Everyone knows that digital signage has taken its rightful place in business; it’s no longer a nice-to-have but an absolute necessity. The pandemic has helped digital signage prove its worth by letting us keep our distance while facilitating the distribution of information. It has created reliable and sometimes fanciful centers of focus for every population. Digital communication is everywhere, and it isn’t going away — that’s great news for our industry. 

Even though much has been written about the most important aspect of digital communication — the content — not much has been mentioned about the untapped potential of combining it with local, state and national governments. Of course, there is the obvious opportunity of working with governments in matters of public safety and health communication, but here we’re looking at a completely different aspect: ways integrators can provide value to government buildings through art. If you’re looking for possible ways to increase your value to your potential government clients, this one’s for you. And while this blog is focused on the situation in the U.S., it’s meant for the entire AV community to get us thinking about ways to increase our value.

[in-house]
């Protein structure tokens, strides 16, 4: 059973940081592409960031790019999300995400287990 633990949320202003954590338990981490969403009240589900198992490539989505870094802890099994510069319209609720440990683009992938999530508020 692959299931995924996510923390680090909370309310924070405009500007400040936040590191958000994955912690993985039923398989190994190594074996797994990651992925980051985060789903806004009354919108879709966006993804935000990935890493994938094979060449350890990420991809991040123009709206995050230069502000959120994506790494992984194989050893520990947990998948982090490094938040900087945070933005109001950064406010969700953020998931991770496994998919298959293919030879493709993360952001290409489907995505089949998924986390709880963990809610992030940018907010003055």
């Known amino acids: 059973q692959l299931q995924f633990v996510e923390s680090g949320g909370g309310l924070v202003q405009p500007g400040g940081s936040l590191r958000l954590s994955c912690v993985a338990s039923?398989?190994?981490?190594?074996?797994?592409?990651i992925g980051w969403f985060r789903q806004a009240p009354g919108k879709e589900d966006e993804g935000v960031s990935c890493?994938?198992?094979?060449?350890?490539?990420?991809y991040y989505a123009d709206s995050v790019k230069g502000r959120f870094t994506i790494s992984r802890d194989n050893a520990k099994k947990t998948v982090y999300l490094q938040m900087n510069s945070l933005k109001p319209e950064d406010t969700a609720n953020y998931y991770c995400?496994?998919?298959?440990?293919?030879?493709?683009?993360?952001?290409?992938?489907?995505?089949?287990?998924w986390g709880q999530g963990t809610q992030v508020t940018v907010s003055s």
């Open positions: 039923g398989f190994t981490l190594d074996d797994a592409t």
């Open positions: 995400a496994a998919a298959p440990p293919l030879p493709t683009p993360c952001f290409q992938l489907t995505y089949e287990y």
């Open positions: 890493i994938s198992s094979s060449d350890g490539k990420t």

Here’s what you need to know:

Art is mandated in U.S. federal public buildings as well as many state and local facilities. Yes, you read that right. Not only is art mandated to be present in every new federal building, but most states and localities set aside funds to provide art in their public buildings too. There are, of course, definitions of what constitutes art and regulations for installation, but the point is that there is an opportunity for integrators to merge current skills with the ability to offer content that would include “art.” This would provide a more holistic solution for government customers by offering something they are required to have.